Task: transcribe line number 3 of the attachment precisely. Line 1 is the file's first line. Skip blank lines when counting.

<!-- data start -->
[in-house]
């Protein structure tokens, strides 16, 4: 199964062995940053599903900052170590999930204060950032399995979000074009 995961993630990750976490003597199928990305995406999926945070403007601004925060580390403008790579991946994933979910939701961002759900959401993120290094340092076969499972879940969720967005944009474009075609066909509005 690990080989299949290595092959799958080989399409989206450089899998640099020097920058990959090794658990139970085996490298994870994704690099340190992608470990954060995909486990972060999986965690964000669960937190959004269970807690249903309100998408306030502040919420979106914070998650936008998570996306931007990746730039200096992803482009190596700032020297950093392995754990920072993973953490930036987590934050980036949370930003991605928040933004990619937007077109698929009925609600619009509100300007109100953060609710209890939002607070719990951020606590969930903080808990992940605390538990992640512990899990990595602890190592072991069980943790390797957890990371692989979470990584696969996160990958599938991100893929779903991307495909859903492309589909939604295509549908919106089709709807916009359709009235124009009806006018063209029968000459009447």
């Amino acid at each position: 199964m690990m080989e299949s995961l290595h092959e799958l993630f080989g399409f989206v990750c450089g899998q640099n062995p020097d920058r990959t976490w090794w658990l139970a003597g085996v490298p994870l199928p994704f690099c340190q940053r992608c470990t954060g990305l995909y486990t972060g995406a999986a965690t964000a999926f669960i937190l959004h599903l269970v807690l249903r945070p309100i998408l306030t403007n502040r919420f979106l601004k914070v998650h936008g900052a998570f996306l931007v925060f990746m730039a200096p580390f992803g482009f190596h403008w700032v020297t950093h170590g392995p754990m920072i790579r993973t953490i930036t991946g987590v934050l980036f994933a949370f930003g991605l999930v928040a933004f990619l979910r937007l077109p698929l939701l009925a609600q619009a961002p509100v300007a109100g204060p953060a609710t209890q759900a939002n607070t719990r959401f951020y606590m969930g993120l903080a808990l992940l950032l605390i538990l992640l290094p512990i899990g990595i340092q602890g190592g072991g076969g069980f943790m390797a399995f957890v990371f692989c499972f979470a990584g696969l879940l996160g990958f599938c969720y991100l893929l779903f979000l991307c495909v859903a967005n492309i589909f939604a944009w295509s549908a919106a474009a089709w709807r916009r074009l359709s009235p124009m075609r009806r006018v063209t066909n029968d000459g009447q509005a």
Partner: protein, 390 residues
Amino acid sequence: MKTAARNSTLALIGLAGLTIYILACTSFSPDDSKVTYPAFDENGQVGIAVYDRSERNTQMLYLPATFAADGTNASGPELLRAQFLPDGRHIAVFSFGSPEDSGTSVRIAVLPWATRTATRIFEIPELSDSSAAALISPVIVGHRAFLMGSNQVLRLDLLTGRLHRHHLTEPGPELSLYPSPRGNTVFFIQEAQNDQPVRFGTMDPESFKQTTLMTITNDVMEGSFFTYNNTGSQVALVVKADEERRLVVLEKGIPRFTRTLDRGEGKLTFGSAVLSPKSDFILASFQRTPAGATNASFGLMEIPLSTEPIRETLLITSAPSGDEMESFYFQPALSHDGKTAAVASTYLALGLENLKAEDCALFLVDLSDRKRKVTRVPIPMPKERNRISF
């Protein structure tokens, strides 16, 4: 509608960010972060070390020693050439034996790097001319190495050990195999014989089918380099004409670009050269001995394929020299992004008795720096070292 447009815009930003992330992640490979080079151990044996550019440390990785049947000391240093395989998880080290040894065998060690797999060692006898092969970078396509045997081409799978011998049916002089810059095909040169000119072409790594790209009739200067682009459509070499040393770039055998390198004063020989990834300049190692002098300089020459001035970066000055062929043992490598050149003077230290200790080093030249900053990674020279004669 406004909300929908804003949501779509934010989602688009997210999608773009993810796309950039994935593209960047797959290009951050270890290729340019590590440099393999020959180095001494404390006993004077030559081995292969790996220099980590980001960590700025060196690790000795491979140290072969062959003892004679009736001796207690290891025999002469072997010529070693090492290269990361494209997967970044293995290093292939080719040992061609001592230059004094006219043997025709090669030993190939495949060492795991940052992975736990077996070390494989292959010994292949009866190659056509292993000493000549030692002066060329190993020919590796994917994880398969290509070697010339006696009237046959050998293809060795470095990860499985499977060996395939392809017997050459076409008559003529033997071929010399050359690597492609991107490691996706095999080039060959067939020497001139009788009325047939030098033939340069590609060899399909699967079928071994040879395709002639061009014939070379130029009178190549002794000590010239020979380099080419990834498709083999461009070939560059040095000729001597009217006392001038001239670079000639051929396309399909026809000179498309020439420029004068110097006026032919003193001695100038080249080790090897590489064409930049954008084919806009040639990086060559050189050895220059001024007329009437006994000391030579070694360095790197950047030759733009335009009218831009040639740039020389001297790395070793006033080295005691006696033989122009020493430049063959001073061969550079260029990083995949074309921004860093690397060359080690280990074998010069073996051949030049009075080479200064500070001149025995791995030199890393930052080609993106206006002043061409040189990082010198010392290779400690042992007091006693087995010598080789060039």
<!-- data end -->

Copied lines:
């Amino acid at each position: 199964m690990m080989e299949s995961l290595h092959e799958l993630f080989g399409f989206v990750c450089g899998q640099n062995p020097d920058r990959t976490w090794w658990l139970a003597g085996v490298p994870l199928p994704f690099c340190q940053r992608c470990t954060g990305l995909y486990t972060g995406a999986a965690t964000a999926f669960i937190l959004h599903l269970v807690l249903r945070p309100i998408l306030t403007n502040r919420f979106l601004k914070v998650h936008g900052a998570f996306l931007v925060f990746m730039a200096p580390f992803g482009f190596h403008w700032v020297t950093h170590g392995p754990m920072i790579r993973t953490i930036t991946g987590v934050l980036f994933a949370f930003g991605l999930v928040a933004f990619l979910r937007l077109p698929l939701l009925a609600q619009a961002p509100v300007a109100g204060p953060a609710t209890q759900a939002n607070t719990r959401f951020y606590m969930g993120l903080a808990l992940l950032l605390i538990l992640l290094p512990i899990g990595i340092q602890g190592g072991g076969g069980f943790m390797a399995f957890v990371f692989c499972f979470a990584g696969l879940l996160g990958f599938c969720y991100l893929l779903f979000l991307c495909v859903a967005n492309i589909f939604a944009w295509s549908a919106a474009a089709w709807r916009r074009l359709s009235p124009m075609r009806r006018v063209t066909n029968d000459g009447q509005a």